Three drinking dens of Church Hill
July 14, 2014 § Leave a comment
Another illustration from the pubs of old Walsall, this one features the Barley Mow that stood opposite St. Matthew’s Church. Salvation was near at hand but temptation was all around! You will see from the accompanying O.S. map the public houses that were around the St. Matthews area. This area around Church Hill has always been of interest to me ever since childhood, living at the bottom end of Sandwell Street this was our usual route into Walsall town centre. When accompanied by my mother or grandmother in my early years they used to tell me stories about Gorton’s Yard and Temple Street and the hardships endured by the poor families that lived there. I think it was well-known that some of the poorest people in Walsall lived around this area until its demolition in the 1930s.
My grandmother who lived in Hospital Street but worked at H. D. Jackson’s Summit Buckle Works on Field Gate was “mugged” twice in nearby New Street, not for her purse but the “snap” she was carrying under her arm for her lunch. That’s how desperate some of the poor devils were, as my gran’ said in later years, “if they had have asked me I would have given it to them”. My gran’s family, the Fellows, all ten of them, were by no means well-off, far from it, but they had jobs, pride and lived as a family in a little terraced house, not sharing one room in a hovel with a two or three other families as they did in Gorton’s Yard. It was around this area that my mother told me that my gran’ took to one family who had many children, in particular one little girl around nine years of age. This little girl had trodden on the head of a yard brush which flew up and the stale hit her on the side of her face. Because of this she developed a large visible tumour which grew rapidly and caused her death in a comparatively short time.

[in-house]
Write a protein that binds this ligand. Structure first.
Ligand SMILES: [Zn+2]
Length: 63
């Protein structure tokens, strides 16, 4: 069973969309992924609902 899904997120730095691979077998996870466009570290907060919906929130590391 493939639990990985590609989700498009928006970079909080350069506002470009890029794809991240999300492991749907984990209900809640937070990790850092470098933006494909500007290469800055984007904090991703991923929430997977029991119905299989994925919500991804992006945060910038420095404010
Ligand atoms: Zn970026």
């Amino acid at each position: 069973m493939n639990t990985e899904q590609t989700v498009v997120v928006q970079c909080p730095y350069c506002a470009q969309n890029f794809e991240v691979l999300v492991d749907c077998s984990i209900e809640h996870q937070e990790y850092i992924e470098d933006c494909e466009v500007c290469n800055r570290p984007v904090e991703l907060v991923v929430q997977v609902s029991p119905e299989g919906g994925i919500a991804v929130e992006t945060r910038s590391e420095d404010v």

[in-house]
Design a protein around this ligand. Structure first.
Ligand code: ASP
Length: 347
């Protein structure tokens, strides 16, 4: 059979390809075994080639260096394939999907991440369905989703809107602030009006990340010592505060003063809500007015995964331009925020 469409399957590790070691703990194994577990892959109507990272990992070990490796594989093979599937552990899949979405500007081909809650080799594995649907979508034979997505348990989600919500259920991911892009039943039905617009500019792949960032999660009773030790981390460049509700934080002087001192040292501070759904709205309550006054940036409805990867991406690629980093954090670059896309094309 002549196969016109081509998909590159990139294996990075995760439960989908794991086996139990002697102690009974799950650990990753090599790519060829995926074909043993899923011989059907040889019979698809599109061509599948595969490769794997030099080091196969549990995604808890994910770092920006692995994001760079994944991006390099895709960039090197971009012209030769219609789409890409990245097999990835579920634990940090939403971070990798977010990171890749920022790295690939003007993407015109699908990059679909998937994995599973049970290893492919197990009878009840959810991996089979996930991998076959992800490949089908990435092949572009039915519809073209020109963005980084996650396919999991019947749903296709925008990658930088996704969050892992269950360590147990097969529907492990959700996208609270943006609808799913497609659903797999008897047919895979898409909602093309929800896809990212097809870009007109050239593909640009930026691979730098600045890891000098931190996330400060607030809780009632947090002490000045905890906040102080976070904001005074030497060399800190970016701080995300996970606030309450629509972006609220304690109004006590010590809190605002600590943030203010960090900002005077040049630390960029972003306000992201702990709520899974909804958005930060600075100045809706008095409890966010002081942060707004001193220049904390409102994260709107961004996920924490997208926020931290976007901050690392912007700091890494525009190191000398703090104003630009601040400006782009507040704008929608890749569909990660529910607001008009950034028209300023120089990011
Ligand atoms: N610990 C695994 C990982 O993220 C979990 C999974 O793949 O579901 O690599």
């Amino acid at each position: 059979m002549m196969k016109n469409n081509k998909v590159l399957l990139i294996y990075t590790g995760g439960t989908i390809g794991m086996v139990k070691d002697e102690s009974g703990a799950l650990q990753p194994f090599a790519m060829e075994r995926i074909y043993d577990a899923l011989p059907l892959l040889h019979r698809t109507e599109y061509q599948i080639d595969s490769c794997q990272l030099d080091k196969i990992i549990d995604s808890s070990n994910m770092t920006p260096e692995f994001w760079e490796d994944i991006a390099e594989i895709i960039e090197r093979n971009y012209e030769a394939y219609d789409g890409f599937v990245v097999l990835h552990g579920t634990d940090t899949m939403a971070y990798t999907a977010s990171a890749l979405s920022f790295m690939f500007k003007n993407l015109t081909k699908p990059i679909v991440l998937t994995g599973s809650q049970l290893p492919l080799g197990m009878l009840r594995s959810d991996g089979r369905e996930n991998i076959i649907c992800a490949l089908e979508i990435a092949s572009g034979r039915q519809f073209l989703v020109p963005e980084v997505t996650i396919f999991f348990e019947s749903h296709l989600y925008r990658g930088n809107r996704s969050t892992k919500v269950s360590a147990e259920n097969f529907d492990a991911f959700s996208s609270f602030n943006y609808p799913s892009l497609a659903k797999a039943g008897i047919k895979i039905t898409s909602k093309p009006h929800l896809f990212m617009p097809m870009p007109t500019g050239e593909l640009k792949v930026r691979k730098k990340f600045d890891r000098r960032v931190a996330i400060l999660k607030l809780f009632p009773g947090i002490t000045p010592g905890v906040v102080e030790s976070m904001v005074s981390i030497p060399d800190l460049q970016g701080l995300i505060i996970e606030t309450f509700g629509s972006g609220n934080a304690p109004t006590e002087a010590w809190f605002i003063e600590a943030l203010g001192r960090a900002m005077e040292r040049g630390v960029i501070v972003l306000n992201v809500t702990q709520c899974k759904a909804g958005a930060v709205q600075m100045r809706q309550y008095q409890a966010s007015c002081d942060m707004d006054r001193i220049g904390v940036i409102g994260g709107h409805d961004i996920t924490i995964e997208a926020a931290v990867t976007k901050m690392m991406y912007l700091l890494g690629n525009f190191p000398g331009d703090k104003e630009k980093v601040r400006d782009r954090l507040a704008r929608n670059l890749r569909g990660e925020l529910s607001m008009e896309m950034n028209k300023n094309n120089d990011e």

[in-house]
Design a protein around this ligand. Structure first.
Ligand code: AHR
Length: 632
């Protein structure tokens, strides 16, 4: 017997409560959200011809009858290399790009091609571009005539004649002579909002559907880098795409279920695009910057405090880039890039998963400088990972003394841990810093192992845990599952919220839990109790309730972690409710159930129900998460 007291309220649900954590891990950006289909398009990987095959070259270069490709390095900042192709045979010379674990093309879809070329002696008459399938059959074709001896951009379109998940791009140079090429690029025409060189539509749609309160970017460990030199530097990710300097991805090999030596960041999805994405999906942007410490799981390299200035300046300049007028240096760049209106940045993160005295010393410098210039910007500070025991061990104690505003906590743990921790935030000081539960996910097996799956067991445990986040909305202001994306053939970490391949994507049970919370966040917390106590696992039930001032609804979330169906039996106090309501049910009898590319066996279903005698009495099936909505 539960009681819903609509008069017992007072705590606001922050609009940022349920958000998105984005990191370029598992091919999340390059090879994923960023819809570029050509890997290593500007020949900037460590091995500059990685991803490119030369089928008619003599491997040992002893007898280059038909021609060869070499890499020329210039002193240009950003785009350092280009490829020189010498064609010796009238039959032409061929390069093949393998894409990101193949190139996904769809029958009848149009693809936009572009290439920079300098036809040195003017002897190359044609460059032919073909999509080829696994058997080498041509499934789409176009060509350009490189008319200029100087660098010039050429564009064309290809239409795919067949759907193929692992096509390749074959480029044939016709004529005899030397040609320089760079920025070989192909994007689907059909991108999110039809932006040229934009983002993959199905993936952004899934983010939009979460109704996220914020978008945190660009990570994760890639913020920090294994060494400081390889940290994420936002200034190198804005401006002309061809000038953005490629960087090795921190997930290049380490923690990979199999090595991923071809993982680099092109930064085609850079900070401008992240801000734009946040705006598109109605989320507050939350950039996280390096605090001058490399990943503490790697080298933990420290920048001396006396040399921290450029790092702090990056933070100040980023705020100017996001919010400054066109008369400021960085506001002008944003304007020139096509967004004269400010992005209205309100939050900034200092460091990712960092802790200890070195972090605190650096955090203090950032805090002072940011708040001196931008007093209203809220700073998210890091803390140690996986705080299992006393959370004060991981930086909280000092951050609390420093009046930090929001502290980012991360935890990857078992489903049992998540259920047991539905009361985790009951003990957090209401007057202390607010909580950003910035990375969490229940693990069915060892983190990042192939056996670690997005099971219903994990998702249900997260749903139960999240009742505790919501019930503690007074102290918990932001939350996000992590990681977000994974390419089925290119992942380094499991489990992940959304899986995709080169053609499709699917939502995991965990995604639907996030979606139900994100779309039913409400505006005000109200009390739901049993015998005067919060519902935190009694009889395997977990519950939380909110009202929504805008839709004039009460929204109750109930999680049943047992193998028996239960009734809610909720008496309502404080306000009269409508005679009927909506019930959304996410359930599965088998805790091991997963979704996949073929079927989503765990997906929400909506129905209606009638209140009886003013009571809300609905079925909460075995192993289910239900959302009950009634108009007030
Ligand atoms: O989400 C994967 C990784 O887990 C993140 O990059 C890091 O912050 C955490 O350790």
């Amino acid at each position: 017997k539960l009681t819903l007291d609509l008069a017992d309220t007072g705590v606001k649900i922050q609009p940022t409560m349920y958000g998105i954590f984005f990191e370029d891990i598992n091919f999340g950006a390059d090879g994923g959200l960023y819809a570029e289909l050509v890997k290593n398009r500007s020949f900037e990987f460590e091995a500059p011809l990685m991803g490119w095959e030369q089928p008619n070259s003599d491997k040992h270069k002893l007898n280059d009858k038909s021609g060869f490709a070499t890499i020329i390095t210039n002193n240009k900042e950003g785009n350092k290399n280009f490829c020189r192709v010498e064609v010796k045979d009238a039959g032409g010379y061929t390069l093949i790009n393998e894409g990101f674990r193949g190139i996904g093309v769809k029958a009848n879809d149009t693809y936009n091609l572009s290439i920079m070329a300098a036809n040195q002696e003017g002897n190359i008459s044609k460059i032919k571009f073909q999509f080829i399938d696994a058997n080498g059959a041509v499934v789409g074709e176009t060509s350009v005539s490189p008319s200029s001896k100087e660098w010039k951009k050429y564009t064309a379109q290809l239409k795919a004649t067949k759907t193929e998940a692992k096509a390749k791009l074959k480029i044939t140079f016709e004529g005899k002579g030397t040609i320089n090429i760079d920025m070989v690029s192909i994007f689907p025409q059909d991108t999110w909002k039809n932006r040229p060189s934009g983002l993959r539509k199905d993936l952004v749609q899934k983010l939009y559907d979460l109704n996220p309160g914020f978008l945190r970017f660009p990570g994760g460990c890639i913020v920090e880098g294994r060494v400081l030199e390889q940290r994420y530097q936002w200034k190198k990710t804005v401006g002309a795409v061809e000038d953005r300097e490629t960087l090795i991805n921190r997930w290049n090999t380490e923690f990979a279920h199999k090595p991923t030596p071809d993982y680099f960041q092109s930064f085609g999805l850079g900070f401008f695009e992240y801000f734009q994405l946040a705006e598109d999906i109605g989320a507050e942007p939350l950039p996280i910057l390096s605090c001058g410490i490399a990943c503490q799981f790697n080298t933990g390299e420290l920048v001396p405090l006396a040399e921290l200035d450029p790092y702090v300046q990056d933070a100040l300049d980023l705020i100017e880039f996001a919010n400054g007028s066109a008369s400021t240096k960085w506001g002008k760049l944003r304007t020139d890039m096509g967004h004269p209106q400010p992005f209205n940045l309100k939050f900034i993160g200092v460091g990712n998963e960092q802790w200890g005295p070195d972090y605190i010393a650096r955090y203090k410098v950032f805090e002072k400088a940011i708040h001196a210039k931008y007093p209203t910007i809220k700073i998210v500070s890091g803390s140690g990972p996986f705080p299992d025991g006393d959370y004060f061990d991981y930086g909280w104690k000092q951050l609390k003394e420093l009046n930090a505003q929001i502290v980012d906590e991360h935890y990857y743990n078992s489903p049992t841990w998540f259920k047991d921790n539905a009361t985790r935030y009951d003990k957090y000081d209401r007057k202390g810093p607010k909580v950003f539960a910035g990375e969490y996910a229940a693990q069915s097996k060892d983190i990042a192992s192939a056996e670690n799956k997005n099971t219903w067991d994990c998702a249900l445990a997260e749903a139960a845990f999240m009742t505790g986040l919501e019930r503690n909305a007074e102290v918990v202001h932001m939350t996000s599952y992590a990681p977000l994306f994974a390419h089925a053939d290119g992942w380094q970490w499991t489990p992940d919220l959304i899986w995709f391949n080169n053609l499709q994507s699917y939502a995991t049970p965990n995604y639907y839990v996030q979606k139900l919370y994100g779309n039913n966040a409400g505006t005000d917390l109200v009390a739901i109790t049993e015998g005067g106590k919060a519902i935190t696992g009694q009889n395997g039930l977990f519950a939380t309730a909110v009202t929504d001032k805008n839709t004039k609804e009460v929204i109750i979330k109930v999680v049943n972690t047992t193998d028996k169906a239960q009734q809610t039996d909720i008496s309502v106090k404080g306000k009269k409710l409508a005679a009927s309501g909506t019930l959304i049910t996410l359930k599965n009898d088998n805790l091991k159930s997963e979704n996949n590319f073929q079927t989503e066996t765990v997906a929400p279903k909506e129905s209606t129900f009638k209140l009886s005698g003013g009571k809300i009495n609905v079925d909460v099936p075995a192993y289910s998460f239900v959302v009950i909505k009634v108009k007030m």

The sad thing is one of the reasons money was scarce in this and hundreds of other families, was the fathers, and in many cases the mothers desire for drink and the Barley Mow at 26 Hill Street was one of several ready to take your pennies. The late John Cockayne in his excellent book, Walsall Pubs – A History states the Barley Mow was first owned by Charles Tunbrill in 1783 but Tony Hitchmough on his equally excellent website has the licensee as Charles Timbrell and a date of 1818, certainly the name is very similar even if the dates differ. This den of iniquity operated under a beerhouse license and its final licensee was John Kane in 1898. The license was surrendered around this time and I think the premises later housed a shop for some years before being demolished in the purge to rid the town of the slums the 1930s. During its lifetime the Barley Mow had nineteen licensees and nine of these were from 1890 until its closure. It was actually refused a license in September 1889 but on appeal, the intended and determined, Edward Townsend was finally granted his wish. The reason for the refusal was that he was fined ten shillings plus costs for being open after hours earlier that month. Three years earlier in 1886 the then licensee, William Pymm junior was fined a similar amount for permitting drunkeness on the premises.